- Rep. Edcel Lagman files bill that would legalize divorce
- The Philippines is the only country aside from the Vatican that does not yet recognize divorce
- Lagman’s bill emphasized that the divorce bill would “liberate” women from abusive relationships
Just a few days after the beginning of the new administration, Albay Representative Edcel Lagman, who authored the controversial Reproductive Health Law, has revived discussion about the legalization of divorce by filing a bill that seeks to institutionalize “absolute divorce.”
Lagman describes House Bill 116 as a “pro-woman” piece of legislation, that would provide “merciful liberation of the hapless wife from a long-dead marriage.”
“While most marriages are supposed to be solemnized in heaven, the reality is many marriages plummet into hell, in irremediable breakdown, spousal abuse, marital infidelity and psychological incapacity, among others, which bedevil marriages,” Lagman told InterAksyon.
Currently, the Philippines is the only nation aside from the Vatican, which does not recognize divorce. Opposition from the Catholic Church, which has a relatively strong influence in the country, is believed to be a major roadblock for the legalization of divorce.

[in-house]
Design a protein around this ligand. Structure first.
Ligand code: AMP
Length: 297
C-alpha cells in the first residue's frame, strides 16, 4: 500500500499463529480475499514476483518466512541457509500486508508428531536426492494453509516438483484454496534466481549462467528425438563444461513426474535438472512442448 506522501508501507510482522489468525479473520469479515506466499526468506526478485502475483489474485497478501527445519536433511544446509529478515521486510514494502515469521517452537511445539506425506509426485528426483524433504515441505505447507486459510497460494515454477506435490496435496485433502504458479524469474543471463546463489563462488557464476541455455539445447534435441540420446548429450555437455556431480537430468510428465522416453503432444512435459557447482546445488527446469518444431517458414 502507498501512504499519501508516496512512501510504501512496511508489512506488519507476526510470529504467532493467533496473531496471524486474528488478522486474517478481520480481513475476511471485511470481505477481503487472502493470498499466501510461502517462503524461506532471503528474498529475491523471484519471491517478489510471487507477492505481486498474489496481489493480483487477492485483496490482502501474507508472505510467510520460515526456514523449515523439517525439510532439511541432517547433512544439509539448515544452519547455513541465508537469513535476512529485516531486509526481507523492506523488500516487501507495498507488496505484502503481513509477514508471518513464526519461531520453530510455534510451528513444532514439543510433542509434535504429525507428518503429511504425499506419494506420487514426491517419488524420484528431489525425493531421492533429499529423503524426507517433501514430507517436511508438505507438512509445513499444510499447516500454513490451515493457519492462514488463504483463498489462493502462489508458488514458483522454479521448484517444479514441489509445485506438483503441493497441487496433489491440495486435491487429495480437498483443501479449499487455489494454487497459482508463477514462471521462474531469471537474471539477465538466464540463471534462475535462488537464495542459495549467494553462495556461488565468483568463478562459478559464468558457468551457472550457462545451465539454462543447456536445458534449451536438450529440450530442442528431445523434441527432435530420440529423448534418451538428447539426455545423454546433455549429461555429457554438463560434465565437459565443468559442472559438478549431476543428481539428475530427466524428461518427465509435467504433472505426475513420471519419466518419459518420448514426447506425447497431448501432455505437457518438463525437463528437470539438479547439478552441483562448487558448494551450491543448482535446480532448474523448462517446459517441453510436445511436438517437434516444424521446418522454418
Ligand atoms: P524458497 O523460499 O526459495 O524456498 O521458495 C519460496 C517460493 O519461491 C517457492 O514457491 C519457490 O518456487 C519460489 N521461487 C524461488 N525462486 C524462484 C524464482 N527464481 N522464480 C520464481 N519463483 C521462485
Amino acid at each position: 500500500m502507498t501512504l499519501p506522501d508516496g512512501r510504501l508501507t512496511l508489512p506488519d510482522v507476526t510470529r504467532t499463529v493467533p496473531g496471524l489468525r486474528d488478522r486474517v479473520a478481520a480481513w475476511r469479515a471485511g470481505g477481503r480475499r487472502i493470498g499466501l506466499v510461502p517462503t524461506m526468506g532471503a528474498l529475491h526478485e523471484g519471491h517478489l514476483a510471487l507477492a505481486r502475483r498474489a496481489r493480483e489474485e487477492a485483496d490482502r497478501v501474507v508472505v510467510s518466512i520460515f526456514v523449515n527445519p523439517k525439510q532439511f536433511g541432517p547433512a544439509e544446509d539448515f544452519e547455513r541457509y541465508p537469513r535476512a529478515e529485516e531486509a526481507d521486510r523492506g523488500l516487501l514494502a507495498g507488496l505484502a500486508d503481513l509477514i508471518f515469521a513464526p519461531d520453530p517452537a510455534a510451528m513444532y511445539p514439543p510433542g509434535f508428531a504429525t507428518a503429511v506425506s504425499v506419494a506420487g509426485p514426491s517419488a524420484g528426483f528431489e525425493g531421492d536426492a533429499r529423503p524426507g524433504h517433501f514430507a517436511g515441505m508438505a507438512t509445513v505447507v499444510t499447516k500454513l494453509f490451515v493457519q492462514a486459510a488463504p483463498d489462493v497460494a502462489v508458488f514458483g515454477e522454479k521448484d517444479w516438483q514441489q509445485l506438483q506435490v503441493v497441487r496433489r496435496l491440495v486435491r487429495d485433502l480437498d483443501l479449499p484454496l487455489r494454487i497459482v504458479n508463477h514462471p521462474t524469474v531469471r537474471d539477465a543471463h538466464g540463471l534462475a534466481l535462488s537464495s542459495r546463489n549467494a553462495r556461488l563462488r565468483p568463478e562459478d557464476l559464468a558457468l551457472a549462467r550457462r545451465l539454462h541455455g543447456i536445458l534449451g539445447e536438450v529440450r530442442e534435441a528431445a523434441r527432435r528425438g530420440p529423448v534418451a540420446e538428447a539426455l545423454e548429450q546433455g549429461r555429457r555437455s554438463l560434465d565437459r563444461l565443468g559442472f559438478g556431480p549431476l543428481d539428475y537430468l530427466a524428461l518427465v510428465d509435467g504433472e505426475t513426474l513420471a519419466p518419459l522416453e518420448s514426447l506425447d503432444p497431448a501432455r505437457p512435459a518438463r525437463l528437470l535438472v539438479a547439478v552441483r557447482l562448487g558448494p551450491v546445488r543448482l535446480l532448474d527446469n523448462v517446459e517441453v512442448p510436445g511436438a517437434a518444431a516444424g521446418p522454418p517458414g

The Catholic Church also opposed the Reproductive Health Law, which allowed the distribution of contraceptives and mandated age-appropriate sex education in the curriculum.
However, in filing House Bill 116, Lagman emphasized the need to grant women and children protection from abuses that arise out of abusive relationships.
“While the State continues to protect and preserve marriage as a social institution, it gives the opportunity to spouses in irremediably failed marriages to secure an absolute divorce decree under limited grounds and well-defined procedures to avoid abuse, save the children from the pain and stress of their parents’ marital clashes, and grant the divorced spouses the right to marry again for another chance to achieve marital bliss,” the Congressman wrote in his explanatory note.
The measure also sets out provisions to make divorce proceedings inexpensive and affordable for the poor.